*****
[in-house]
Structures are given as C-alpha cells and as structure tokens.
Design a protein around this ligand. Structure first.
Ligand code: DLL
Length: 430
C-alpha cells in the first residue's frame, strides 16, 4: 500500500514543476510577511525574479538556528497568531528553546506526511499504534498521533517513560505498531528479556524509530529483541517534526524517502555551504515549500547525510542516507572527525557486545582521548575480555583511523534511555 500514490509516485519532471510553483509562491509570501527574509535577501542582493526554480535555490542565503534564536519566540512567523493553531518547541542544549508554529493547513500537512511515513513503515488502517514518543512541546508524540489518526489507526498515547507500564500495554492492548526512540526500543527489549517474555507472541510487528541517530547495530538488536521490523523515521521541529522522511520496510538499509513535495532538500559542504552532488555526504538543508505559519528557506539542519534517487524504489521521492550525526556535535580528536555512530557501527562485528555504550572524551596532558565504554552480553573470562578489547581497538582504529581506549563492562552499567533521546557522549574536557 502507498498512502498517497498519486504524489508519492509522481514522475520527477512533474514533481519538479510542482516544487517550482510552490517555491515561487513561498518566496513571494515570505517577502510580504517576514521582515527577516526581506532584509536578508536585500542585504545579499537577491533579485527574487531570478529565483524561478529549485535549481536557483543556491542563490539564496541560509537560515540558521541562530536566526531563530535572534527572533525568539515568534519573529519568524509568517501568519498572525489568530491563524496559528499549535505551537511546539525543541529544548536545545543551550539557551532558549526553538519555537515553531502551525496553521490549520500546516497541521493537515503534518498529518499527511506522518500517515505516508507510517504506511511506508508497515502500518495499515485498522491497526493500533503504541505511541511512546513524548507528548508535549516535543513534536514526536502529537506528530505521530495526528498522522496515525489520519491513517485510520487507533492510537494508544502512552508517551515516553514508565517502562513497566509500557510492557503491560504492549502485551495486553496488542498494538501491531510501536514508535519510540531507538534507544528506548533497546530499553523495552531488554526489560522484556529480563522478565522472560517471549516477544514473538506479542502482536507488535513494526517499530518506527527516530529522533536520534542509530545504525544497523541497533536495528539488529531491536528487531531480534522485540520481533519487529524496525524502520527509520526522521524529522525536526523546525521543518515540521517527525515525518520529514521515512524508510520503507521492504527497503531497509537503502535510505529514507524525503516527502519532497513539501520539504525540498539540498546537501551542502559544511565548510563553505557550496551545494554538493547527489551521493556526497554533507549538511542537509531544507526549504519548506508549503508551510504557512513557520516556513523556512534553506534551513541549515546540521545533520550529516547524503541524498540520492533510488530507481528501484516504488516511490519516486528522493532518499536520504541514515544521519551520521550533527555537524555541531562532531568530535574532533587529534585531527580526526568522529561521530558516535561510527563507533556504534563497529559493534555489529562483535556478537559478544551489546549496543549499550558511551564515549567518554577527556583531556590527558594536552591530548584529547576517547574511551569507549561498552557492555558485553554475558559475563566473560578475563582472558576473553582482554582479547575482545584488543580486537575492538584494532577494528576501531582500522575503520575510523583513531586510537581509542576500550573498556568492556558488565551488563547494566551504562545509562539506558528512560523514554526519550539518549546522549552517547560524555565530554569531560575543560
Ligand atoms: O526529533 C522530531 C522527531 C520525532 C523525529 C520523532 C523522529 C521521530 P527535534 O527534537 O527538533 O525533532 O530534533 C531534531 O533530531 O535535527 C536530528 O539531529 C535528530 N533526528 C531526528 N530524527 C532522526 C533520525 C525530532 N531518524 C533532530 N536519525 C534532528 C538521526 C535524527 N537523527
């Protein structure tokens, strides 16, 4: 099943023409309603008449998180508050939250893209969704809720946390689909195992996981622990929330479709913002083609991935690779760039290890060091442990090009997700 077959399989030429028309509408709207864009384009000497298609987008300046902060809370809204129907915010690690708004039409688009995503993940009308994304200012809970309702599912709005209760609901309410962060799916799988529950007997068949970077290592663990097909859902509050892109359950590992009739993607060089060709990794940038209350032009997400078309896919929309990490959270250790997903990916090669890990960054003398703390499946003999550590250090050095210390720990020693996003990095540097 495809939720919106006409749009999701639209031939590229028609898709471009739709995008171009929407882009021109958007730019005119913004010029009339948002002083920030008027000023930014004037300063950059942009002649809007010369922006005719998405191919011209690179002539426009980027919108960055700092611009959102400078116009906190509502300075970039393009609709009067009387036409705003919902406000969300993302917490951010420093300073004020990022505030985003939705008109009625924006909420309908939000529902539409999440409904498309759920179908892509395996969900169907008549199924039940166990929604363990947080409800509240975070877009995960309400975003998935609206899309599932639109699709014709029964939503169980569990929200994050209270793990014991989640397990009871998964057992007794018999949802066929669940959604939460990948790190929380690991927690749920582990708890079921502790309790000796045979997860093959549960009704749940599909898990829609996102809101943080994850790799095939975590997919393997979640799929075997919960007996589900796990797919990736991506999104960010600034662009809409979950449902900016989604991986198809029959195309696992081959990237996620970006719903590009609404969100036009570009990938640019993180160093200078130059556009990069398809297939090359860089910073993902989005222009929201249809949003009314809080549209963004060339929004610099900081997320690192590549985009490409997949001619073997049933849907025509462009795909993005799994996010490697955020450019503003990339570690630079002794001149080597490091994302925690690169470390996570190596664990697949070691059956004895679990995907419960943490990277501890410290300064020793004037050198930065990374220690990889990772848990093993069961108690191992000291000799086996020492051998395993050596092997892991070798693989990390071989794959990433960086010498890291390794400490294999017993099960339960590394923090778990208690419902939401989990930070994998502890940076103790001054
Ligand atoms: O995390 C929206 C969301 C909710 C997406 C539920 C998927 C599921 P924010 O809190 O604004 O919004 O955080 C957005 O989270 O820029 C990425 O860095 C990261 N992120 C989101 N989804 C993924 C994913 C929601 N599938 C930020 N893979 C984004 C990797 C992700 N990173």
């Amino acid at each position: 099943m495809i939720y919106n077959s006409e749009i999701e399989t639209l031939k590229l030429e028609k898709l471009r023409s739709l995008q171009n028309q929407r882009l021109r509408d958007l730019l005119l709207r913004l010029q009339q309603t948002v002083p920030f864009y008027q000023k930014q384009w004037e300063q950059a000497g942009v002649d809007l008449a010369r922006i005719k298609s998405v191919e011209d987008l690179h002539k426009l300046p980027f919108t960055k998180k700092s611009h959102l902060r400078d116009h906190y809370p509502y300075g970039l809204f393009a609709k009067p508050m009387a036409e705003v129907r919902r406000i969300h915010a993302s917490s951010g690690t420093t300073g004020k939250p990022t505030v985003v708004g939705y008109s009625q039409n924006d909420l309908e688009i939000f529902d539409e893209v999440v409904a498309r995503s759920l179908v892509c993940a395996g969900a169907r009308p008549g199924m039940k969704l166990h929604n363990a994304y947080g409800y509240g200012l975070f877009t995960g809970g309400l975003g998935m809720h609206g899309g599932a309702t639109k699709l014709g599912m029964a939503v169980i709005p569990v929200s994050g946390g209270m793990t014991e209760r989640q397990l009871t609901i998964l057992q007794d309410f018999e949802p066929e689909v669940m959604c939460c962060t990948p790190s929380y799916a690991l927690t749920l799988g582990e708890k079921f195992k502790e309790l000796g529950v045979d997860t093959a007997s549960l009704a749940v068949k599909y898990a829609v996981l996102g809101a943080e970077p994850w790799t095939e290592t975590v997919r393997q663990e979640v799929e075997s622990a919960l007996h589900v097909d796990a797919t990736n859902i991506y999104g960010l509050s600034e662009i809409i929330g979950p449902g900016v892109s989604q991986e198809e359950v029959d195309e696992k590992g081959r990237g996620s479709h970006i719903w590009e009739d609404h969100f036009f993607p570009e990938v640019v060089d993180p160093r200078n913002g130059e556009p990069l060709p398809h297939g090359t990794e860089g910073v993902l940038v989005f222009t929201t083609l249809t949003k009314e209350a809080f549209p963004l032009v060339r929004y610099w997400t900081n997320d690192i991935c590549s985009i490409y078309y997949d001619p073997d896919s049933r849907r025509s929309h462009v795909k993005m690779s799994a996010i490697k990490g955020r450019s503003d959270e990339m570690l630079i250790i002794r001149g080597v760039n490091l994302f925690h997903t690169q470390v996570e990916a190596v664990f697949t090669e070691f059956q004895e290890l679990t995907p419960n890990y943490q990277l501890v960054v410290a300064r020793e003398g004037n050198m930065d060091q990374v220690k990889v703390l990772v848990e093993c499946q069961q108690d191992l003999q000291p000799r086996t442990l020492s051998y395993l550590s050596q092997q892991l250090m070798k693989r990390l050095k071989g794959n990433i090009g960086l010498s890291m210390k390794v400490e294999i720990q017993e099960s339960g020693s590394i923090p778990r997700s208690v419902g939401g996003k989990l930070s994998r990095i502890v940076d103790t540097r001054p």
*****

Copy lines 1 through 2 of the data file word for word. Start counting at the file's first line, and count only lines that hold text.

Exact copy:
[in-house]
Structures are given as C-alpha cells and as structure tokens.